The personal development courses I consider dangerous are groups run by organisations or individuals who have either non-existent or inappropriate qualifications for what they are doing and effectively are accountable to no one. The courses I worry about particularly are those attempting dramatic changes in short periods of time, such as Landmark Education, EST, Forum, Money and You and Hoffman Process, for they are misusing the psychological techniques allied to hypnosis in order to make the behavioral changes.
A number of people I have spoken to had attended Money and You, a course organised in Australia by an accounting firm. They thought they were there to learn how to manage their money, start a business and become millionaires. Instead they became involved in an extremely intensive personal development course that preached an unrealistic black and white view of human potential – essentially that they could become anything they wanted to, provided they were motivated enough with the right attitudes and ‘discarded’ anything that was holding them back, for instance their families!
In 1993, Kiyosaki wrote a book called If You Want to Be Rich and Happy, Don’t Go To School? It is “dedicated to Ralph H. Kiyosaki, former Superintendent of Education, State of Hawaii, the best teacher I ever had.
Then he writes Rich Dad, Poor Dad which hit bookstores in 1997.
“Rich Dad, Poor Dad is one of the dumbest financial advice books I have ever read. It contains many factual errors and numerous extremely unlikely accounts of events that supposedly occurred.
Kiyosaki is a salesman and a motivational speaker. He has no financial expertise and won’t disclose his supposed real estate or other investment success.”
– Source John T. Reed
He gives you bad and sometimes illegal advice.
He does not take into account risk. – Source Thesimpledollar.com
Kiyosaki says “the reason you want to have rich friends” is to get inside stock market information that you can make low-risk profits. He ends that discussion with the sentence, “That is what friends are for.”
Recommends tax fraud by deducting vacations and health club dues.
Just plain bad advice:
I always make offers with escape clauses. In real estate, I make an offer with the words “subject to the approval of business partner.” Most people do not know the partner is my cat.
In the February 2003 issue of SmartMoney magazine, Kiyosaki said “Is Harry Potter real? Why don’t you let Rich Dad be a myth, like Harry Potter?” In other words, the entire premise under which Rich Dad, Poor Dad was sold was a complete fabrication.
He runs education seminars that get you in for three days and expand your credit so you can buy expensive training.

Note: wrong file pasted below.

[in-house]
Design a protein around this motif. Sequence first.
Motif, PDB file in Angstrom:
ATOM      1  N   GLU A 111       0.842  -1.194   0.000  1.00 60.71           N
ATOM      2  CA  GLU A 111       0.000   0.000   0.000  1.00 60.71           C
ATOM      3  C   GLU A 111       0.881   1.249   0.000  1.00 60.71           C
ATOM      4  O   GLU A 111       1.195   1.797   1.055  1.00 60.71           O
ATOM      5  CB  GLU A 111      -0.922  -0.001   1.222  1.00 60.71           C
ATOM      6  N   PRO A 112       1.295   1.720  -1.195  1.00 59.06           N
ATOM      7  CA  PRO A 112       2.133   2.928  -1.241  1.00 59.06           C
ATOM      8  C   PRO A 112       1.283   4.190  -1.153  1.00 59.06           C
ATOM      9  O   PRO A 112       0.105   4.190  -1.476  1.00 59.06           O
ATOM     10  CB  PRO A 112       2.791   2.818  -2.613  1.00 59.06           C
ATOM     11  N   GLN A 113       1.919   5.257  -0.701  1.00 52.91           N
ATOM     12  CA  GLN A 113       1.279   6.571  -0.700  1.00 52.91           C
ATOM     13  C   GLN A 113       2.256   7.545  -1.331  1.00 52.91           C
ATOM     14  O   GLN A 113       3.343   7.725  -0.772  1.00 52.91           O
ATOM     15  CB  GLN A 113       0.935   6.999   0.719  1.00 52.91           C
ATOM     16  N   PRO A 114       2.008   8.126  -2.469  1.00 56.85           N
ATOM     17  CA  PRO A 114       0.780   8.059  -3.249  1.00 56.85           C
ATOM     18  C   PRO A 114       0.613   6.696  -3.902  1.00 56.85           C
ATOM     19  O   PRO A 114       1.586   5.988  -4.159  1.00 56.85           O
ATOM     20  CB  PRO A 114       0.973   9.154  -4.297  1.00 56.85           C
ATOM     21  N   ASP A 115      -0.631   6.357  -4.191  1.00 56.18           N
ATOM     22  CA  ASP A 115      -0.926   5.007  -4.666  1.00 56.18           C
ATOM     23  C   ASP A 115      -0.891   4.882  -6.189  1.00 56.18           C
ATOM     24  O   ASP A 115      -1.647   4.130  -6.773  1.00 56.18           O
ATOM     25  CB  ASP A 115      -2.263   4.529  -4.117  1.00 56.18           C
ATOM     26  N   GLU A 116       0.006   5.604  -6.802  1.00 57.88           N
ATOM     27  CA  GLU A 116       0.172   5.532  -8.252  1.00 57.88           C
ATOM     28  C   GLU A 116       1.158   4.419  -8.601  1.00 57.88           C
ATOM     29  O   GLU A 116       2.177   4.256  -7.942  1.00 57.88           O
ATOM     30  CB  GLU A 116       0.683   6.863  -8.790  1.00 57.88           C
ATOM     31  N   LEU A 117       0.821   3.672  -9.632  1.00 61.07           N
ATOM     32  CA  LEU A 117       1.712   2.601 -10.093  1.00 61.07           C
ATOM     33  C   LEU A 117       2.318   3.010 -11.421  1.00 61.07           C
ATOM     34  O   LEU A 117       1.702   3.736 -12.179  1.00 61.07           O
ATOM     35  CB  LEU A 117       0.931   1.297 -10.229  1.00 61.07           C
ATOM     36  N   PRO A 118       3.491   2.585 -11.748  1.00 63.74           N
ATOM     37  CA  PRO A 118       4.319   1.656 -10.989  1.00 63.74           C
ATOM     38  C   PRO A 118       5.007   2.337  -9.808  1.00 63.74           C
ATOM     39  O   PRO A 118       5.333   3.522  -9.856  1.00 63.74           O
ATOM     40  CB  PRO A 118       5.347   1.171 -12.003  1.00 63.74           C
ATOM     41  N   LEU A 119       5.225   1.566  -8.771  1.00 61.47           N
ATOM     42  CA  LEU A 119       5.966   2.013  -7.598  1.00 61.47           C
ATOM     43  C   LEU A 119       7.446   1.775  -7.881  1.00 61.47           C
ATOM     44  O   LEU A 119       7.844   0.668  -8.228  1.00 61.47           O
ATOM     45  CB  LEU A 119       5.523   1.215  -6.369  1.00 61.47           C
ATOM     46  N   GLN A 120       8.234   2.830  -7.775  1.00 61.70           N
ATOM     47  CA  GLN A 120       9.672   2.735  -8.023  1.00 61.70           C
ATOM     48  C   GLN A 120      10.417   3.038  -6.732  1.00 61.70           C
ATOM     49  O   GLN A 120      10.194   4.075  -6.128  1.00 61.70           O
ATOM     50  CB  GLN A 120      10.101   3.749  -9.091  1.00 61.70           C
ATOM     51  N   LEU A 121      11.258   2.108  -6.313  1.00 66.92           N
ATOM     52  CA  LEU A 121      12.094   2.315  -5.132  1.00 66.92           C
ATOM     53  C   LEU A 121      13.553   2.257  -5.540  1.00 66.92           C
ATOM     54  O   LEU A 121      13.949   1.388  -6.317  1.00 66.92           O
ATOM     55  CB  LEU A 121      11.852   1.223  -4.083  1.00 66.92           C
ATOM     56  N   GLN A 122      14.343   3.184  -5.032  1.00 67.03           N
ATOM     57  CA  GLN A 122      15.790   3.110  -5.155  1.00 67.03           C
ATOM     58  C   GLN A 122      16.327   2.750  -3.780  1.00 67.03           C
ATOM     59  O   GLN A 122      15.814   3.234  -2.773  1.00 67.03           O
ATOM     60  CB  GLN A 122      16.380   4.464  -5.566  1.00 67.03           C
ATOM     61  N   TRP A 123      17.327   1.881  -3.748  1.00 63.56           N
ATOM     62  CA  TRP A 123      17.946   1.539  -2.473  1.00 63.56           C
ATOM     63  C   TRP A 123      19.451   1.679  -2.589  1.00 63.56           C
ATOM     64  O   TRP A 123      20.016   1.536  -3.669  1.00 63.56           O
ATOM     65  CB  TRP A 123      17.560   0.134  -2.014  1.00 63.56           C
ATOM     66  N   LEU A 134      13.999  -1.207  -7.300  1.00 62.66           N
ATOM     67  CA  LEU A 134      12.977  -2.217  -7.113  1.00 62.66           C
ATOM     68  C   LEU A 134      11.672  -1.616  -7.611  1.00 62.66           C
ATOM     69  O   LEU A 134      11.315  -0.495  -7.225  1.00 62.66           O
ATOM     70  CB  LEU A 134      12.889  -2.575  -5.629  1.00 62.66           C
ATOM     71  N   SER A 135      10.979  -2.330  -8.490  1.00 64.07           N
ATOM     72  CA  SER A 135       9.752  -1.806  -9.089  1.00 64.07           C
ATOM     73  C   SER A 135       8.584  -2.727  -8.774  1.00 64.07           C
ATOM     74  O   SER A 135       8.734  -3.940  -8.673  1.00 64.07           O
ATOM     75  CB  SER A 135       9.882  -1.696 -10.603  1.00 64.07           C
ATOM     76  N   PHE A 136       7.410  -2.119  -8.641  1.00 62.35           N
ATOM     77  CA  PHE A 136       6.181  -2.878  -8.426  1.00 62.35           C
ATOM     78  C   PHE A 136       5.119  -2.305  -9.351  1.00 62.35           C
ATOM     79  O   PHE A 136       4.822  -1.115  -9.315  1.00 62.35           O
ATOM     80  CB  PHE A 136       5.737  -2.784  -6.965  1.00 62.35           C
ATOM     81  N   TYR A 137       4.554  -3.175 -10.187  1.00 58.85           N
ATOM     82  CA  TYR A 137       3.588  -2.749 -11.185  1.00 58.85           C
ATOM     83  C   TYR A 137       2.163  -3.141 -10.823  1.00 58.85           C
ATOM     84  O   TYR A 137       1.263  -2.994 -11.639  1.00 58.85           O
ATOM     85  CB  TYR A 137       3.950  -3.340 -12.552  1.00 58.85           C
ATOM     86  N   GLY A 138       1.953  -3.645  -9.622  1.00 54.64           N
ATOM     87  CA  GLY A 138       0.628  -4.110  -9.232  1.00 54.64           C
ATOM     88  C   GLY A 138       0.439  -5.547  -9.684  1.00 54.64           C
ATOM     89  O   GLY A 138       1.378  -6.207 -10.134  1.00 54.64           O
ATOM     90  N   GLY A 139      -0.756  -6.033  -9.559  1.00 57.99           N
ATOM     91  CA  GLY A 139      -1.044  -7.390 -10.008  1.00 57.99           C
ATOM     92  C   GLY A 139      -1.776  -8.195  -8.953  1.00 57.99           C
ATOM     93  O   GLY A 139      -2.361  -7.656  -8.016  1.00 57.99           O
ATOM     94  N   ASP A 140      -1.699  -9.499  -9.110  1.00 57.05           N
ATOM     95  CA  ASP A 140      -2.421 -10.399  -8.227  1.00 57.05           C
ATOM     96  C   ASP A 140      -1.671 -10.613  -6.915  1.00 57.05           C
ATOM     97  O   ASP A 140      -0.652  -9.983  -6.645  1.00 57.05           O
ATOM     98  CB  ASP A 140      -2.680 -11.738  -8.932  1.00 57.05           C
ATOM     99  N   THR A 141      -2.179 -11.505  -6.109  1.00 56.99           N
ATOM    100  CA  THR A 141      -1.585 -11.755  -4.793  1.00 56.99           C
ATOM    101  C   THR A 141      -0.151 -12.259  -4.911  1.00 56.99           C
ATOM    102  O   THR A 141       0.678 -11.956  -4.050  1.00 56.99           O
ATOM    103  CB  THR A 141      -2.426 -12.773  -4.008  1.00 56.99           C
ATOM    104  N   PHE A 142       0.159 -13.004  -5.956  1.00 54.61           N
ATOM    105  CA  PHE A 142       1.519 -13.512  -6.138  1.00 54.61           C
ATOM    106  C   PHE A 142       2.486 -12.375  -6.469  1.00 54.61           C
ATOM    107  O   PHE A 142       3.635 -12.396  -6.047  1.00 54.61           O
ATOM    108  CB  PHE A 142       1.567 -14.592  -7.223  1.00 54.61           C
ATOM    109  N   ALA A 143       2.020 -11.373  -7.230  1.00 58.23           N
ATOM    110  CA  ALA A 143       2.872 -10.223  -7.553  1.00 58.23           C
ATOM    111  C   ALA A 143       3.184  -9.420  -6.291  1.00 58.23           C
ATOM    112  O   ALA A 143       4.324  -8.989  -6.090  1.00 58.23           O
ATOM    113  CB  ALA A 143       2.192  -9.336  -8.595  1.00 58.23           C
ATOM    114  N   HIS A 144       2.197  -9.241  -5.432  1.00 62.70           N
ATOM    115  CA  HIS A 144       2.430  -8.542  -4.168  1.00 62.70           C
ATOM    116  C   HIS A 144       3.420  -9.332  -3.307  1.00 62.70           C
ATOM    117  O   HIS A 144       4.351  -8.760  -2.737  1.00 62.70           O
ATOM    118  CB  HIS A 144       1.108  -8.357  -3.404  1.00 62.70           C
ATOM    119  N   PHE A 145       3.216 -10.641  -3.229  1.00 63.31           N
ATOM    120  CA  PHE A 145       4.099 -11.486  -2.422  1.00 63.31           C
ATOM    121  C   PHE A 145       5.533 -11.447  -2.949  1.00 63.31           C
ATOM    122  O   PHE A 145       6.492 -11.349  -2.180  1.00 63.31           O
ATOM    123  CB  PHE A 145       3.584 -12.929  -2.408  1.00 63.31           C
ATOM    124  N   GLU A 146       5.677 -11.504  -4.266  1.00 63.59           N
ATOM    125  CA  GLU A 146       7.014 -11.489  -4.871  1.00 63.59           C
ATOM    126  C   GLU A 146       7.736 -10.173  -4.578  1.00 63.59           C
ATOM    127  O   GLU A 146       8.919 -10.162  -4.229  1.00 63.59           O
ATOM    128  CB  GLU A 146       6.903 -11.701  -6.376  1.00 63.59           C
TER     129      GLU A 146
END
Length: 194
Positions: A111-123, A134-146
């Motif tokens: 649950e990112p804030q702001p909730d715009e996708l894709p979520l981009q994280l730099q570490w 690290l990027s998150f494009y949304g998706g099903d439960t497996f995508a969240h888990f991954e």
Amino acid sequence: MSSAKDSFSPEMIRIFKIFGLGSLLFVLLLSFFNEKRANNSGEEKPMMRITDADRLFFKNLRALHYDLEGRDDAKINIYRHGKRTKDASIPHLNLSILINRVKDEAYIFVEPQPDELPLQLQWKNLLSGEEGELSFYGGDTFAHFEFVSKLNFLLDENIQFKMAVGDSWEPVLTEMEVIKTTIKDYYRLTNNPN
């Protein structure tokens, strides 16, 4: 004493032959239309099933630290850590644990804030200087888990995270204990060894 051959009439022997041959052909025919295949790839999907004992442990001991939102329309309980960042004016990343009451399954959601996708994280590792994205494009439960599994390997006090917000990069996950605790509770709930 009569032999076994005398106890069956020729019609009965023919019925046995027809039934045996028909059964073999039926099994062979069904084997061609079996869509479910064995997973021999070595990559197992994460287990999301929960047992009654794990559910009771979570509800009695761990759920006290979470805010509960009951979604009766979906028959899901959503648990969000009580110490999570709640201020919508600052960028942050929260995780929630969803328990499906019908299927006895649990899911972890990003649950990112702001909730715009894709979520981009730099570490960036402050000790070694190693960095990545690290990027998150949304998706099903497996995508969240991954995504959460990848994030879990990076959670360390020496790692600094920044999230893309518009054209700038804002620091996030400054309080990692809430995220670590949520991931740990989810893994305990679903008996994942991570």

Free Class – Just a sales pitch for 3 day class.
3 Day Class – Sales pitch for more expensive training.
Market Place Canada did an Exposé of Rich Dad training in 2010. Kiyosaki acts like he is concerned about what is happening in the training.
Complaints about Rich Dad training continue into 2015 with the same problems.
Asked whether the “rich dad” really existed, Kiyosaki said there was one original “rich dad,” but his books draw on lessons from several “rich dad” mentors in his life, including some who were women. – Source honoluluadvertiser.com
Here is the background of the claimed original “rich dad”:
Richard Wassman Kimi was born Feb. 3, 1925, in Hilo and was the son of Territorial Sen. William Kimi. Soon after the Dec. 7 attack on Pearl Harbor, Richard Kimi enlisted in the Army, where he was promoted to sergeant at age 19.
After the war, Kimi returned to the Big Island and worked for his family business, which sold Army surplus goods. But the business struggled, so Kimi took the Army equipment that wasn’t sold and turned to construction.
He and his brothers built Kimiville, a low-rent housing project in Hilo, and later built the Hilo Hukilau at the site of the family’s surplus store. Although the store was gone, the Kimi family stuck together to run the new hotel business. – Source honoluluadvertiser.com
In Rich Dad Poor Dad Robert claims the following:
Both men were successful in their careers, working hard all their lives. Both earned substantial incomes. Yet one always struggled financially. The other would become one of
the richest men in Hawaii. One died leaving tens of millions of dollars to his family, charities, and his church. The other left bills to be paid.
Rich Dad Poor Dad was published in 1997 and Richard Wassman Kimi died on December 19, 2008. Kind of hard to be dead in the book when you are still alive when the book was released. What is actually fact or fiction?
In my opinion, Marshall Thurber is Robert Kiyosaki’s true rich dad. He is the second best teacher in his 1993 book. Marshall is the creator of the Money & You class and the influence for Kiyosaki’s books.
“Robert Kiyosaki started as a small manufacturer of nylon wallets. Using the insights and techniques he mastered in this program, he became a multi–millionaire and a world–renowned investor and teacher of investment strategies and mindsets. …leading the Instructors’ Training Program and other Excellerated Programs was the vehicle for his meteoric and financial growth.”
– Source Excellerated Instructors’ Training Program Guide
Presentation on CashFlow Quadrant.
Money & You covers the same material.
In my opinion, Robert Kiyosaki is a personal development scam artist that has been taking peoples money for years with classes and books that give bad and sometimes illegal advice. I recommend you avoid him.